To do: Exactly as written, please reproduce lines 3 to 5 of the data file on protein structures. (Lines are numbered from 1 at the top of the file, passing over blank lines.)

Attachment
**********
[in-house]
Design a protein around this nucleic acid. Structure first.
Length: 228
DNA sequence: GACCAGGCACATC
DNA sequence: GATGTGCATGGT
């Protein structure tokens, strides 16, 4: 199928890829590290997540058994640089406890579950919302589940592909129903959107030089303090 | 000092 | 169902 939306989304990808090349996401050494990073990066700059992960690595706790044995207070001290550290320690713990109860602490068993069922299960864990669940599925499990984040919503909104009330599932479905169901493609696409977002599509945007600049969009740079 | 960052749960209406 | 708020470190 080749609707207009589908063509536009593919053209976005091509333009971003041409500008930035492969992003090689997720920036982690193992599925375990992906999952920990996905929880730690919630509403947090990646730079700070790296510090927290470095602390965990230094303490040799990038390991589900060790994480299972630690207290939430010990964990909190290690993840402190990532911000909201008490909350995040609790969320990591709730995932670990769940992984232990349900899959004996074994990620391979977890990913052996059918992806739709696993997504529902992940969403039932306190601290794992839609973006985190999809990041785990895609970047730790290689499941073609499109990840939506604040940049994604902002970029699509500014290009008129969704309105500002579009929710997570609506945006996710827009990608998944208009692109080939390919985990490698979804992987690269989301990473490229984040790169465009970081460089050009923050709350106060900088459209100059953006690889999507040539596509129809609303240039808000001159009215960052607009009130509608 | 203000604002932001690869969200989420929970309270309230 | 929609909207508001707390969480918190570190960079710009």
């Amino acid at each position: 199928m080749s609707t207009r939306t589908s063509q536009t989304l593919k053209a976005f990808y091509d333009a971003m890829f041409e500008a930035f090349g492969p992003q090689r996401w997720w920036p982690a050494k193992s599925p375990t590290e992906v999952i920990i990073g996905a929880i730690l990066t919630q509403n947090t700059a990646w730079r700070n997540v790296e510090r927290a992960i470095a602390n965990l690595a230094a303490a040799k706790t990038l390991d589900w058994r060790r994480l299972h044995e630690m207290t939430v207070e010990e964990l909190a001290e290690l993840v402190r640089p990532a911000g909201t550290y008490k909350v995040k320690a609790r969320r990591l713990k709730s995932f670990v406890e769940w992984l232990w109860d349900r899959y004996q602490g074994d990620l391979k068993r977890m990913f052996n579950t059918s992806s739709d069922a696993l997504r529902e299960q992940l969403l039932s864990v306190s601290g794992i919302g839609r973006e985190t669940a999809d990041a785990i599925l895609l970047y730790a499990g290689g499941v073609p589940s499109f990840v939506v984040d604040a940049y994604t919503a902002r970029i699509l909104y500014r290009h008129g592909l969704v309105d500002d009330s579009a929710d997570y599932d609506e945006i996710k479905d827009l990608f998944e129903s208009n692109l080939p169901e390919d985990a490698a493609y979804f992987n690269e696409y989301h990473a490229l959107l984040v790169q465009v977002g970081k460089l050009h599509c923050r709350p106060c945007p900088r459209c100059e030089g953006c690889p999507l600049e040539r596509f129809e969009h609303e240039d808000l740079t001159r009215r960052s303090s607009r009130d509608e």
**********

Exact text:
Length: 228
DNA sequence: GACCAGGCACATC
DNA sequence: GATGTGCATGGT